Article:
But it also exists because many parents fail to give up the keys to the kingdom. It goes squire, warrior-king, wise man. Not squire squire squire king. The minute your child is an adult with his own child, you are not the king of your clan. You are the wise advisor. Same with women. It goes maiden, warrior-queen, wise woman. Or, in my opinion, it should.

A study came out a year or two ago showing that people who live in small, intolerant communities are happier than people who live in large, tolerant ones. Small bands of like-minded monkeys traveling through life together.... We were taught that there was a job out there that should be our dream. But what if that is not true? What if people are the dream? People to fight the battle of survival with who make your heart sing?

But let's say there are some people who do have One True Job Passion and Anders is one of them. Would it behoove him to have his time wasted in school because he just has to know about All Kinds Of Things or would he be better off at home, where he is allowed to pursue that One True Passion all he wants?

Moreover, I have a theory that a truly brilliant career takes at least two and usually three generations to make. I have a great post about that here--

http://roslynross.blogspot.com/2015/03/nature-versus-nurture.html

To use the farming example: a pioneer sets off and gets some untamed wilderness, spends his life struggling and poor, learning about that plot of land and how to make it work, building everything from scratch. His children grow up on that piece of land. Their focus is to take their parents work and improve upon it. They do much better than their parents as improving current buildings is a lot less work than building new ones. By the time they have kids, all the infrastructure is well in place. The basic methods to succeed have been refined. Their kids get to take it to the next level.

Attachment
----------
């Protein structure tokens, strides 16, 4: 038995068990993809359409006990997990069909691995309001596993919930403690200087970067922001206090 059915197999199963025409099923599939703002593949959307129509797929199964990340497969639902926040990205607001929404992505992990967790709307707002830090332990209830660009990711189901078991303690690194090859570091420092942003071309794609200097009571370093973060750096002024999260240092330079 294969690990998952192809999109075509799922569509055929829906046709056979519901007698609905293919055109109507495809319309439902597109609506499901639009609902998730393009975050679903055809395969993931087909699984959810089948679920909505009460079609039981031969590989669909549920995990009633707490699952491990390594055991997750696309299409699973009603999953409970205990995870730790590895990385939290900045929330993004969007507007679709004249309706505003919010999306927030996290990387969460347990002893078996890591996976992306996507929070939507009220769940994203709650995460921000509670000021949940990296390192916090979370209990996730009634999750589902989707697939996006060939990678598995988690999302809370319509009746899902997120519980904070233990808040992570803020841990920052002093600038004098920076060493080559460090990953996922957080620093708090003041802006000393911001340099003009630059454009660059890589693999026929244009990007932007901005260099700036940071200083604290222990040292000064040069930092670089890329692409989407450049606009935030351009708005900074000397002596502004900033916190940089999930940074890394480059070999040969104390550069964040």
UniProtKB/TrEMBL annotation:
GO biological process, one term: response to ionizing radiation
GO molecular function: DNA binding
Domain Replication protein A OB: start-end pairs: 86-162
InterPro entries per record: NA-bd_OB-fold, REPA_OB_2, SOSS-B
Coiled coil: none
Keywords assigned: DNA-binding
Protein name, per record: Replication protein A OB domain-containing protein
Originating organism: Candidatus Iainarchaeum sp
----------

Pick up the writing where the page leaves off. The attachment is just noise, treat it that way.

I notice this in Hollywood as well: a wannabe actor moves here from the midwest and goes on auditions and waits tables for thirty years. He gets a few tiny gigs but not much more than that. His or her kids grow un in LA, start going on auditions at age 10, know the industry well by 16, and though they never become big stars, they are working actors who don't have to wait tables. When they have kids, they know much more than their parents ever did, and they know a lot more of the right people. They put their kids in singing and dancing lessons from day one and he starts his career before he is seven. This kid becomes a movie star. Angelina Jolie has a story like this. So does Gwyneth Paltrow. And the Arquette family. So many huge stars had parents that were working actors who had parents that were mostly-failed actors.

I notice this among my scientist friends as well. First generation scientists are paving the way for their kids to do much better than they did.

Not saying this is the only rule for everyone at all times. Just saying this is a pattern I have noticed.

And for good reason. Despite the efforts made by schooling and our cultural script, the best predictor of someone's future job is still what his parents did. Yet the child who is going to grow up and be a writer like her dad anyway, wastes 22 years memorizing random things first and acquiring massive debt. Why?!!!

No matter how great the school, if I send my kid there, I am depriving him of learning about the career he will most likely end up in! He could acquire his 10,000 hours in that career by the time he is 14! Or 18! Or he can waste 22 years trying to find his "passion" and start acquiring his 10,000 hours (which takes about ten years) at age 22.